LASIK eye surgery is the most popular type of vision correction because it can effectively treat a wide range of refractive disorders. However, it is not the right treatment for every patient. Approximately 25% of people who want LASIK are not good candidates for the procedure. For some, their corneas are too flat or too thin. For others, their vision problems are too extreme to be corrected by LASIK. Fortunately, there are other laser-eye surgery options for those who do not qualify for LASIK and still wish to ditch their glasses or contacts.
Alternatives to LASIK include:
Photorefractive keratectomy – PRK is similar to LASIK in that a laser is used to reshape the cornea and change its focus. Instead of being performed under a flap like LASIK, it’s done on the surface of the cornea.
Clear Lens Extraction – CLE involves removing the natural lens from the eye and implanting a lens that permanently corrects any optical errors, offering a full range of near and far vision without the need for glasses.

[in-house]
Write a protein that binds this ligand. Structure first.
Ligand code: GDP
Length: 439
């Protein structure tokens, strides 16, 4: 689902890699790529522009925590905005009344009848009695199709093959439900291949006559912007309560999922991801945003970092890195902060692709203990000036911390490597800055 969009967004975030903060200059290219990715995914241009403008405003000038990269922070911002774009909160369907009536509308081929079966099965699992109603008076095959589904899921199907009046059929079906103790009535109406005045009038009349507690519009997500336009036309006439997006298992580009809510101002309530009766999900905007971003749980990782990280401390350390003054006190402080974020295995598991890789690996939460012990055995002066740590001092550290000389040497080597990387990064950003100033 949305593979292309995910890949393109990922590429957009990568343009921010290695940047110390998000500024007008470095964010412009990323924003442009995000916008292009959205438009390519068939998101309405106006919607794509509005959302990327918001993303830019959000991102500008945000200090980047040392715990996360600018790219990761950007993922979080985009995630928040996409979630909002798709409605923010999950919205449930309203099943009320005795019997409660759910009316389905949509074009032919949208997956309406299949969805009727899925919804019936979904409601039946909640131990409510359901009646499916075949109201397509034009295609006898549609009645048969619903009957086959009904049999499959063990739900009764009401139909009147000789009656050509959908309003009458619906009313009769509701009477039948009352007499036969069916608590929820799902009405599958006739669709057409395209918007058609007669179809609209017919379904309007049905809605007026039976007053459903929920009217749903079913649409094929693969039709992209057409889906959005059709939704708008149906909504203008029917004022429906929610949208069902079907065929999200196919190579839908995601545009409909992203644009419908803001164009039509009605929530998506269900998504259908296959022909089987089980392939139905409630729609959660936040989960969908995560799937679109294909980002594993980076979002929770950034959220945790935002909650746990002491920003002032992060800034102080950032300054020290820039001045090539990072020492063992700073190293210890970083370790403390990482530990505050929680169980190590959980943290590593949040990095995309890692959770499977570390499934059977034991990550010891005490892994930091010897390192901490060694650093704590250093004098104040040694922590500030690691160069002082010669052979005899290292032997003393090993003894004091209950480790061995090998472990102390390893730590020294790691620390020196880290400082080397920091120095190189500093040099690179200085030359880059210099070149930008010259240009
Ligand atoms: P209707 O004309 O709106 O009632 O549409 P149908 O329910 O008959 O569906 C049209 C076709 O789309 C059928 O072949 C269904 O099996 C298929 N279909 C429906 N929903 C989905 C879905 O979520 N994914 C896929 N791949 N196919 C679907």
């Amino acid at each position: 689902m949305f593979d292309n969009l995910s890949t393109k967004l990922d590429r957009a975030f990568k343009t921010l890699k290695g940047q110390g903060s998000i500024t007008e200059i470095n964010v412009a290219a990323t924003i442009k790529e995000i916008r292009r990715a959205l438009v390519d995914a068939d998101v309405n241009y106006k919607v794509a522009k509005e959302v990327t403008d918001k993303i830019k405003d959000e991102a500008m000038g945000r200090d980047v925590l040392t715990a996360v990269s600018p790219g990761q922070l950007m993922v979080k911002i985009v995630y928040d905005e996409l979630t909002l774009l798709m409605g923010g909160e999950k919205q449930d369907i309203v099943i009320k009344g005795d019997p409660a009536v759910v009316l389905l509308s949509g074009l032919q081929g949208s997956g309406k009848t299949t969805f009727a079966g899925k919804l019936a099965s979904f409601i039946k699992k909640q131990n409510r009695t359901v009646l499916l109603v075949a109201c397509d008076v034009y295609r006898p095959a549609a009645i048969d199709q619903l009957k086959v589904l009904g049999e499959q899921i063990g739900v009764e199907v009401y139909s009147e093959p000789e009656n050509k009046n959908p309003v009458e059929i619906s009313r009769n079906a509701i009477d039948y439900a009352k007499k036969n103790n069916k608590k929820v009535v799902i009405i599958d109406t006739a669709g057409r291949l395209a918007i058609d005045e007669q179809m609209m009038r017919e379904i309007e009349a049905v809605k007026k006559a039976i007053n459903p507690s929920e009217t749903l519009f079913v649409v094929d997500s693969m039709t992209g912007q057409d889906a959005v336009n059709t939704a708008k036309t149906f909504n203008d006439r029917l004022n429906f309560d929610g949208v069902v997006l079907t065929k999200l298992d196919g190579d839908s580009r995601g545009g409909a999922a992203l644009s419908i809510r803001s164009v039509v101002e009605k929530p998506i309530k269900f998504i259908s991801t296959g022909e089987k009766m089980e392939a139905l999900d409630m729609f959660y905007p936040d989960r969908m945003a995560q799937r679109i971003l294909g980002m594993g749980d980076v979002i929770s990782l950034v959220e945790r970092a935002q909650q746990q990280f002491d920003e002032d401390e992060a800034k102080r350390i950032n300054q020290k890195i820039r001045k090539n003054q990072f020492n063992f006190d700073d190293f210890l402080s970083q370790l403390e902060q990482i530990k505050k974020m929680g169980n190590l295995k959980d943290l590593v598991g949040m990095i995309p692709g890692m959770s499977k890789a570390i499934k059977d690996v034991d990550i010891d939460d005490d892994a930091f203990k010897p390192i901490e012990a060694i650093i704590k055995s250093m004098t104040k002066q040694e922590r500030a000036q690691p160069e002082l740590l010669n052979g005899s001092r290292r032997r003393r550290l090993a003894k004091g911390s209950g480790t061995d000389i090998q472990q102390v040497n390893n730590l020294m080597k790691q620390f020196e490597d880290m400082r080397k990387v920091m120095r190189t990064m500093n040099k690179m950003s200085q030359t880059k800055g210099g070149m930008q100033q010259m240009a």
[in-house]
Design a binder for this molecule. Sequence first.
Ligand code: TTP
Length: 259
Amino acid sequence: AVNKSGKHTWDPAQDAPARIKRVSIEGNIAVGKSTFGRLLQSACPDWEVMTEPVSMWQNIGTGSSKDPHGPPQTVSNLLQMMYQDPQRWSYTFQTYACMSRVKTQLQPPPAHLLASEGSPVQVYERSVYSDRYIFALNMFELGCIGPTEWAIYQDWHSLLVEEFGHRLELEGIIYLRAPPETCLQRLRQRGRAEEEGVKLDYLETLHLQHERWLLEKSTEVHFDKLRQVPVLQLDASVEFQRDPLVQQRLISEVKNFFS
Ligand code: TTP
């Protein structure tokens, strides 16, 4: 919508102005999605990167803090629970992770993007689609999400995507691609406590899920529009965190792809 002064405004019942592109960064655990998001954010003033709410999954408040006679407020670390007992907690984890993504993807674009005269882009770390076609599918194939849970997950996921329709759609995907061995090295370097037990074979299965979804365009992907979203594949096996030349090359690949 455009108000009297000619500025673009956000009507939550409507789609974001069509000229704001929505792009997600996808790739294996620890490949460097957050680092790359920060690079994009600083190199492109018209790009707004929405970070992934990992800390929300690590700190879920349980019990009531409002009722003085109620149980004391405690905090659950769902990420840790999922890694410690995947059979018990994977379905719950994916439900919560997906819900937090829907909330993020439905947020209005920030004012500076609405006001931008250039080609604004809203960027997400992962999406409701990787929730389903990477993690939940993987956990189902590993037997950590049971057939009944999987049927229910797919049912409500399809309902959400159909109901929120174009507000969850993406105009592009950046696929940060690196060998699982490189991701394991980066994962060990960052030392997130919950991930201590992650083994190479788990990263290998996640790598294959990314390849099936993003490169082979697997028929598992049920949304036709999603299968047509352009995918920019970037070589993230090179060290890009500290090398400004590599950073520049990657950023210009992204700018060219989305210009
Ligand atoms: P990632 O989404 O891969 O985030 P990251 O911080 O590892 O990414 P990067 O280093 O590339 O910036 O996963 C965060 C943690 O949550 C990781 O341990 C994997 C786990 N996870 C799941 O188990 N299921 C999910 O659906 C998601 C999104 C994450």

LASEK – For people with very flat and/or thin corneas, LASEK is a suitable alternative to LASIK. Rather than using a blade or a laser, this procedure uses an alcohol solution to soften the outer layer, allowing it to be peeled back and exposing the tissue underneath. As with LASIK, a laser is then used to reshape the inner corneal tissue.
EpiLasik – Like LASEK, Epi-LASIK is a less invasive alternative to LASIK. A special microkeratome, the Epi-keratome, is used to precisely separate a very thin sheet of epithelial tissue from the cornea. This thin sheet is lifted to the side and the cornea is treated as with PRK. Then the thin sheet is moved back into place to re-adhere to the cornea. A “bandage” soft contact lens is applied and used for about four days to help the epithelial layer heal.